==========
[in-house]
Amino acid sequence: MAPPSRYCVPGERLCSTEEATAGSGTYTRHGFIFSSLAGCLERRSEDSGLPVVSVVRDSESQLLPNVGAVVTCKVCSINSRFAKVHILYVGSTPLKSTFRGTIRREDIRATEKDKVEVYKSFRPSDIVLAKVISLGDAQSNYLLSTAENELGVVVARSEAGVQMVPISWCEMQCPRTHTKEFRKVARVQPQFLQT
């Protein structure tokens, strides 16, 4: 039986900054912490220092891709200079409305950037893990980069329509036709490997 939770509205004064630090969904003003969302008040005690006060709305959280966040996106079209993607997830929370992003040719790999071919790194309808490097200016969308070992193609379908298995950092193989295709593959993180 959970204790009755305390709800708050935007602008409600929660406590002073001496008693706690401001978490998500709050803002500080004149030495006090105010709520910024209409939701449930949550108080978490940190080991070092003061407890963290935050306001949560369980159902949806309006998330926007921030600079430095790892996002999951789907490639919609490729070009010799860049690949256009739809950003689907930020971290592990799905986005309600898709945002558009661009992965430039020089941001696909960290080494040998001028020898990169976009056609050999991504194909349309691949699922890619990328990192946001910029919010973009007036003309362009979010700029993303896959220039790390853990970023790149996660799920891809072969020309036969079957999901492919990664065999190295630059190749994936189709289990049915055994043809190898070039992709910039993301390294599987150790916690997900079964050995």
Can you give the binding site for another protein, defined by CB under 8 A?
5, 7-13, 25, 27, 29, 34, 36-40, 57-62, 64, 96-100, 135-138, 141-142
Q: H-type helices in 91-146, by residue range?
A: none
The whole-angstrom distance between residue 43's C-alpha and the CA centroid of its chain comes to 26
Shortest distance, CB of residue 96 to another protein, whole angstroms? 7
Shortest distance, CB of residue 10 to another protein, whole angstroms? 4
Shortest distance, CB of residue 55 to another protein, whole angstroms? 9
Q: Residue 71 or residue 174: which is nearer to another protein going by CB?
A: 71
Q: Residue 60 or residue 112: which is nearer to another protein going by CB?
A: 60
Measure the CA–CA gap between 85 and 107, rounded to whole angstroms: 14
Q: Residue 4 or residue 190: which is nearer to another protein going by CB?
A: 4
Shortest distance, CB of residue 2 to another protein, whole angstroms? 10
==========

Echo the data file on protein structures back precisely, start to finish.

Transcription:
[in-house]
Amino acid sequence: MAPPSRYCVPGERLCSTEEATAGSGTYTRHGFIFSSLAGCLERRSEDSGLPVVSVVRDSESQLLPNVGAVVTCKVCSINSRFAKVHILYVGSTPLKSTFRGTIRREDIRATEKDKVEVYKSFRPSDIVLAKVISLGDAQSNYLLSTAENELGVVVARSEAGVQMVPISWCEMQCPRTHTKEFRKVARVQPQFLQT
């Protein structure tokens, strides 16, 4: 039986900054912490220092891709200079409305950037893990980069329509036709490997 939770509205004064630090969904003003969302008040005690006060709305959280966040996106079209993607997830929370992003040719790999071919790194309808490097200016969308070992193609379908298995950092193989295709593959993180 959970204790009755305390709800708050935007602008409600929660406590002073001496008693706690401001978490998500709050803002500080004149030495006090105010709520910024209409939701449930949550108080978490940190080991070092003061407890963290935050306001949560369980159902949806309006998330926007921030600079430095790892996002999951789907490639919609490729070009010799860049690949256009739809950003689907930020971290592990799905986005309600898709945002558009661009992965430039020089941001696909960290080494040998001028020898990169976009056609050999991504194909349309691949699922890619990328990192946001910029919010973009007036003309362009979010700029993303896959220039790390853990970023790149996660799920891809072969020309036969079957999901492919990664065999190295630059190749994936189709289990049915055994043809190898070039992709910039993301390294599987150790916690997900079964050995």
Can you give the binding site for another protein, defined by CB under 8 A?
5, 7-13, 25, 27, 29, 34, 36-40, 57-62, 64, 96-100, 135-138, 141-142
Q: H-type helices in 91-146, by residue range?
A: none
The whole-angstrom distance between residue 43's C-alpha and the CA centroid of its chain comes to 26
Shortest distance, CB of residue 96 to another protein, whole angstroms? 7
Shortest distance, CB of residue 10 to another protein, whole angstroms? 4
Shortest distance, CB of residue 55 to another protein, whole angstroms? 9
Q: Residue 71 or residue 174: which is nearer to another protein going by CB?
A: 71
Q: Residue 60 or residue 112: which is nearer to another protein going by CB?
A: 60
Measure the CA–CA gap between 85 and 107, rounded to whole angstroms: 14
Q: Residue 4 or residue 190: which is nearer to another protein going by CB?
A: 4
Shortest distance, CB of residue 2 to another protein, whole angstroms? 10